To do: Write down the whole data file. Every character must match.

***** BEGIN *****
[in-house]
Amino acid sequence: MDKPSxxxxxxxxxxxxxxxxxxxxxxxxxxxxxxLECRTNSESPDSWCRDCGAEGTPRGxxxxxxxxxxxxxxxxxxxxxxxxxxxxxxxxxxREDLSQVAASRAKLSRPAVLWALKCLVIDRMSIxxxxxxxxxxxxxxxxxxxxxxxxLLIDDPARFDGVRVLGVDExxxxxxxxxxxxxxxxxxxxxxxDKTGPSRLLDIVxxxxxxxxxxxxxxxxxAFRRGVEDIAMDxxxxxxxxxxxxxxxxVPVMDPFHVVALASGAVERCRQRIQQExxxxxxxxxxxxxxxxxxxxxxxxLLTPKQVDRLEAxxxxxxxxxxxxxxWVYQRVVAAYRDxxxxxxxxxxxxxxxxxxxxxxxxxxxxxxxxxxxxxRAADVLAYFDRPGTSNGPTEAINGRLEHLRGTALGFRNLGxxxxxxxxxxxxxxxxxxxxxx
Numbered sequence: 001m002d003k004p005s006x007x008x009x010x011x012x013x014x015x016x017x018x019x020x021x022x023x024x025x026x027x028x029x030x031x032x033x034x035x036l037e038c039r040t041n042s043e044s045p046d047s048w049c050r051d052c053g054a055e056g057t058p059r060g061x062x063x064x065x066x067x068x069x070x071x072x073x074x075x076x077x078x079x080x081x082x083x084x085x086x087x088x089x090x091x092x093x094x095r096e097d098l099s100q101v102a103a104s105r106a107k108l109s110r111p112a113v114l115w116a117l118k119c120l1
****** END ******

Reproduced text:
[in-house]
Amino acid sequence: MDKPSxxxxxxxxxxxxxxxxxxxxxxxxxxxxxxLECRTNSESPDSWCRDCGAEGTPRGxxxxxxxxxxxxxxxxxxxxxxxxxxxxxxxxxxREDLSQVAASRAKLSRPAVLWALKCLVIDRMSIxxxxxxxxxxxxxxxxxxxxxxxxLLIDDPARFDGVRVLGVDExxxxxxxxxxxxxxxxxxxxxxxDKTGPSRLLDIVxxxxxxxxxxxxxxxxxAFRRGVEDIAMDxxxxxxxxxxxxxxxxVPVMDPFHVVALASGAVERCRQRIQQExxxxxxxxxxxxxxxxxxxxxxxxLLTPKQVDRLEAxxxxxxxxxxxxxxWVYQRVVAAYRDxxxxxxxxxxxxxxxxxxxxxxxxxxxxxxxxxxxxxRAADVLAYFDRPGTSNGPTEAINGRLEHLRGTALGFRNLGxxxxxxxxxxxxxxxxxxxxxx
Numbered sequence: 001m002d003k004p005s006x007x008x009x010x011x012x013x014x015x016x017x018x019x020x021x022x023x024x025x026x027x028x029x030x031x032x033x034x035x036l037e038c039r040t041n042s043e044s045p046d047s048w049c050r051d052c053g054a055e056g057t058p059r060g061x062x063x064x065x066x067x068x069x070x071x072x073x074x075x076x077x078x079x080x081x082x083x084x085x086x087x088x089x090x091x092x093x094x095r096e097d098l099s100q101v102a103a104s105r106a107k108l109s110r111p112a113v114l115w116a117l118k119c120l1